This room feels as sterile as a dentist’s waiting room.

The founder of SwingVision, a mobile AI platform for amateur athletes, is also either a minimalist, had just moved in, or is just visiting. The room looks as if it’s part of a model flat. There’s absolutely nothing lying around in the open kitchen or anywhere else. Only the desk indicates that Swupnil has set up his workplace here. Whether this was just for the shoot remains open.

David William Hearn – Staff Pad

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Here’s someone else who can’t seem to get past a design icon. The white chairs in David’s dining room are reminiscent of the famous and correspondingly expensive Eames Shell Chair, now distributed by Vitra. David is the first speaker in Apple’s keynote to have personal pictures hanging on the wall. Maybe. The left image, in greyscale, shows a woman. But as she can only be seen from behind in the popular hold-my-hand pose, it could be anyone. Not least because the other three framed pictures also seem random. Two of them have a similar inscription. This indicates that these are stock photos, images from databases on the Internet. The only objects that make me think David lives here are the lit pillar candles on the dining table and the water jug on the shelf. The wonderfully named Gluckigluck. An ignorant stylist would’ve probably chosen a fish-shaped pitcher such as this one from Serax because it looks nice. Connoisseurs, however, would opt for the 1870s original; invented and so wonderfully named by the British company Thomas Forester & Sons, as it gurgles when being poured.

Sahar Fakouhi – ARki

Many people build a dedicated fireplace. This one is being blocked by a suitcase.
Many people build a dedicated fireplace. This one is being blocked by a suitcase.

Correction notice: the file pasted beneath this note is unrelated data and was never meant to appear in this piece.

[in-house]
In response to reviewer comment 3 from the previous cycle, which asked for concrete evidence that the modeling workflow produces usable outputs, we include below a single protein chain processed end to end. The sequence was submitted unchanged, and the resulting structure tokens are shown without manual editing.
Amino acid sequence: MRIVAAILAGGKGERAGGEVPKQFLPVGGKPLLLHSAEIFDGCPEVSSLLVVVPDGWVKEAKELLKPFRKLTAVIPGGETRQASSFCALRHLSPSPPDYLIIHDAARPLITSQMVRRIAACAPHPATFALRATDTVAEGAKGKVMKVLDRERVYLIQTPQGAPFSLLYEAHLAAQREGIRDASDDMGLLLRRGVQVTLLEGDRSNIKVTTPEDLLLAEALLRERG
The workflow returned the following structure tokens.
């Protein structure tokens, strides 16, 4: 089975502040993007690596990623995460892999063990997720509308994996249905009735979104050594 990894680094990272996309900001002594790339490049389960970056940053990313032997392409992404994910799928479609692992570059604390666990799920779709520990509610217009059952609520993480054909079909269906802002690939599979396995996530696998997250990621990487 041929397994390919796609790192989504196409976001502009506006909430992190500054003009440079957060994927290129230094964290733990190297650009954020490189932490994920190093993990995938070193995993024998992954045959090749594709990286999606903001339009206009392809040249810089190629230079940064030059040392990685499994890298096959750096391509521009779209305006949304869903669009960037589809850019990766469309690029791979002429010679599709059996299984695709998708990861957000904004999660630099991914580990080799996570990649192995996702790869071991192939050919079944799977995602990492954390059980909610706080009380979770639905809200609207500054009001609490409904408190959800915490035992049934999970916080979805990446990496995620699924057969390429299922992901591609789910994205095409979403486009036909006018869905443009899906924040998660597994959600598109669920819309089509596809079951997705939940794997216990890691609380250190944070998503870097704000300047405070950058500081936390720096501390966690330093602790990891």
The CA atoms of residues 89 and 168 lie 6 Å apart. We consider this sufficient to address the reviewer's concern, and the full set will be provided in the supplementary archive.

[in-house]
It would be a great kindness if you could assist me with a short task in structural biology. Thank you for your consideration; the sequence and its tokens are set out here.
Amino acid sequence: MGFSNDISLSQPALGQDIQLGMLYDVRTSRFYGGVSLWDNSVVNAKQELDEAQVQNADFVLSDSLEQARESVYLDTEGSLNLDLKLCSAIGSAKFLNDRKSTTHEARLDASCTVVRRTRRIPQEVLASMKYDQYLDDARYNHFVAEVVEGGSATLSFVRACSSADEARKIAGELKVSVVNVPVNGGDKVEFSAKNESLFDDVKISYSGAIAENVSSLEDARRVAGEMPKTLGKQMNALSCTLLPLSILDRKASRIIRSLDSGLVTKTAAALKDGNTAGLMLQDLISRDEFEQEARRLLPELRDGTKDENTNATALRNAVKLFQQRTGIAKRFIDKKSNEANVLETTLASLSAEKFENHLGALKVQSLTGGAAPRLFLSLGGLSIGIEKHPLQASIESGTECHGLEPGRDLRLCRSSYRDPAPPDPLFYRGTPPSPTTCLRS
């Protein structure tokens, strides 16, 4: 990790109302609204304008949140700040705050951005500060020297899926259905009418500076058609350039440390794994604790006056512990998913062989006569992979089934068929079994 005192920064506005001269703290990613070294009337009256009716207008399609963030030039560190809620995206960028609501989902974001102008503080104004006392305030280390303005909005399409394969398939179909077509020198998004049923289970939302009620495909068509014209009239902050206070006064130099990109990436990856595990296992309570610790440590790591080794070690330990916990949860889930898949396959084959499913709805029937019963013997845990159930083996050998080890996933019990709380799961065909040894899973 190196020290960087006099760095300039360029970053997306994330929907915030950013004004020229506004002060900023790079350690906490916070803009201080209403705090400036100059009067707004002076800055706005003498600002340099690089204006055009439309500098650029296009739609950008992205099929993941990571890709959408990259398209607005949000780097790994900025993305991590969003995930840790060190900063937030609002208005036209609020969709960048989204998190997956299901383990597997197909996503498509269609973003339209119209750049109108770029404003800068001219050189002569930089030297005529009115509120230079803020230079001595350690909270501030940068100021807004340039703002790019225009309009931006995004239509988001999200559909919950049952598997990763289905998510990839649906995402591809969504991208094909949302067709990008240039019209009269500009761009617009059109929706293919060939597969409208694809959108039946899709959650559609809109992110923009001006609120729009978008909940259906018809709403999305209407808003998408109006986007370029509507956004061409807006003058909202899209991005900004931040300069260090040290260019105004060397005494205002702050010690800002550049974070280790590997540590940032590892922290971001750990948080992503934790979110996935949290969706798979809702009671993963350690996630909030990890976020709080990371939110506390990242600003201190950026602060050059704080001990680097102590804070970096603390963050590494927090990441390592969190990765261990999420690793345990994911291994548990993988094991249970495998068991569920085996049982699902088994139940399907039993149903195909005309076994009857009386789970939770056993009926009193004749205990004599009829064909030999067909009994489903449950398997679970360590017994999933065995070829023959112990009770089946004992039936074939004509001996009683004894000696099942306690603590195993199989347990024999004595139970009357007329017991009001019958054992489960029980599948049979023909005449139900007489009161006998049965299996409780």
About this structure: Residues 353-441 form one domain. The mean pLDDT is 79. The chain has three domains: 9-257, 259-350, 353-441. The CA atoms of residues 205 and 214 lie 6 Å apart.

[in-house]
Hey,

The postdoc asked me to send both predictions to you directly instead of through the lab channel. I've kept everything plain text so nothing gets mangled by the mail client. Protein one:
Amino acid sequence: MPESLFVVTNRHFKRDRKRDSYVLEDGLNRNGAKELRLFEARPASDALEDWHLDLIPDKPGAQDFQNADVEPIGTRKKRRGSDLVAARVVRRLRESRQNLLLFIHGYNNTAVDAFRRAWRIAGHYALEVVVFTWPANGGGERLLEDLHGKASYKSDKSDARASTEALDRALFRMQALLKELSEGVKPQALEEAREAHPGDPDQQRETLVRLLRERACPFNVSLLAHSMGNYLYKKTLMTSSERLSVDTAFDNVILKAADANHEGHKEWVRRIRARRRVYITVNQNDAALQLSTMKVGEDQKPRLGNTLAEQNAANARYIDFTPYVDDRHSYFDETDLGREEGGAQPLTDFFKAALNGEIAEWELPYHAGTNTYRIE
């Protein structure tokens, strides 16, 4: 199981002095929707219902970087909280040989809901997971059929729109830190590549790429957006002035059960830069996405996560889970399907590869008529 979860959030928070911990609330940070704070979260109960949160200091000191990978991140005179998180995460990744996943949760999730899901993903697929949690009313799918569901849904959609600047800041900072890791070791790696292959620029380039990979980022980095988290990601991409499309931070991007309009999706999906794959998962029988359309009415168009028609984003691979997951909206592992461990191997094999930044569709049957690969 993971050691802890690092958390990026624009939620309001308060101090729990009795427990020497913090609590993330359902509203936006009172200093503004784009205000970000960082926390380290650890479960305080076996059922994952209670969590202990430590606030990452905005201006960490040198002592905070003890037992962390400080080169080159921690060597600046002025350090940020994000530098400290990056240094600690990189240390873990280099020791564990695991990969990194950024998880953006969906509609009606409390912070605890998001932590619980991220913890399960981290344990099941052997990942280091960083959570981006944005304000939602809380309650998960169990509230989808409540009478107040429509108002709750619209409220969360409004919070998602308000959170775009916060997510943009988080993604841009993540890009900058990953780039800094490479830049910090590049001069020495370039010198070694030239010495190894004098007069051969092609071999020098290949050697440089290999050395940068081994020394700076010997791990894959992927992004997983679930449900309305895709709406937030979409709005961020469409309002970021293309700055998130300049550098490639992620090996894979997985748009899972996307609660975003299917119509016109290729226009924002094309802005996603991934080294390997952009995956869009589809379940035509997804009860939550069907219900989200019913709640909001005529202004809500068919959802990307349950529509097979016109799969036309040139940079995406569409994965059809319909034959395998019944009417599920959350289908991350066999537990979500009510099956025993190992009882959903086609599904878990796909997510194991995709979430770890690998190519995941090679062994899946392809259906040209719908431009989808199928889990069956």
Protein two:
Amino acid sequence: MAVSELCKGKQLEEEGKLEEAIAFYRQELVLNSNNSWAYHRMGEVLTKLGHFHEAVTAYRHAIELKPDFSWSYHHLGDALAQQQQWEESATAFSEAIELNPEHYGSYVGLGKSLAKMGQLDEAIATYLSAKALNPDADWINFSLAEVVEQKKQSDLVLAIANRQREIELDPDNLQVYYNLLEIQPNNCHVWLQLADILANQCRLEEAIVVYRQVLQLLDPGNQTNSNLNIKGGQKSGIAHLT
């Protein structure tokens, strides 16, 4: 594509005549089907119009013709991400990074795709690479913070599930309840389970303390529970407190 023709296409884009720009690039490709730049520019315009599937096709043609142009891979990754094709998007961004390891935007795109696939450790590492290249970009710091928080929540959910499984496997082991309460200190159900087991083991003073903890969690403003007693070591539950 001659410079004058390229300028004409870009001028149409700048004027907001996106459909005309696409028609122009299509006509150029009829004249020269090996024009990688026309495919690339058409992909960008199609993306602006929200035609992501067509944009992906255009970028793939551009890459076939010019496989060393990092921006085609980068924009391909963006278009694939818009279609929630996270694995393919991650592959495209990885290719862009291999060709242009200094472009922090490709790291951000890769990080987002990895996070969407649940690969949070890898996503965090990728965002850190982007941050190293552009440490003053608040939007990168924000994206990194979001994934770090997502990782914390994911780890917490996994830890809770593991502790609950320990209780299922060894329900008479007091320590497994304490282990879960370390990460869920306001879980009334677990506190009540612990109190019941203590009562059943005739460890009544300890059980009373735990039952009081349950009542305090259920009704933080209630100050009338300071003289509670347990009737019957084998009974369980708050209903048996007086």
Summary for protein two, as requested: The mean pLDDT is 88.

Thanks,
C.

Sahar seems to have mastered the art of placing objects better: her fresh bouquet of flowers isn’t in front of the microwave, but next to a wall, as it should be. Still, there’s something weird going on in this room. On the left side of the image, you can see a fireplace. Anyone who has one would probably want to use it. Here, however, it’s used as storage for a suitcase, which looks pretty but out of place. It almost definitely belongs to Sahar. I doubt whether she actually owns the house, however.

Sebastian Buys – Line Break Studio

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Last but not least: developer Sebastian is the only speaker I one hundred per cent see as truly living where the Apple keynote claims. Firstly, his decorative objects are positioned more harmoniously. Additionally, cables from the sound system and the like are visible here. Just like in any «real flat». In addition, they’re all lovingly rolled up. From the hanging empty flower pot to the waving cat, this living room looks authentic. Or am I missing something?

Spot the mistake – Let me know what else makes you sceptical in the comments, and have fun with our picture puzzle!

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Pia Seidel
Pia Seidel
Senior Editor, Zurich

«There are only two ways to live your life. One is as though nothing is a miracle. The other is as though everything is a miracle. I believe in the latter.» – Albert Einstein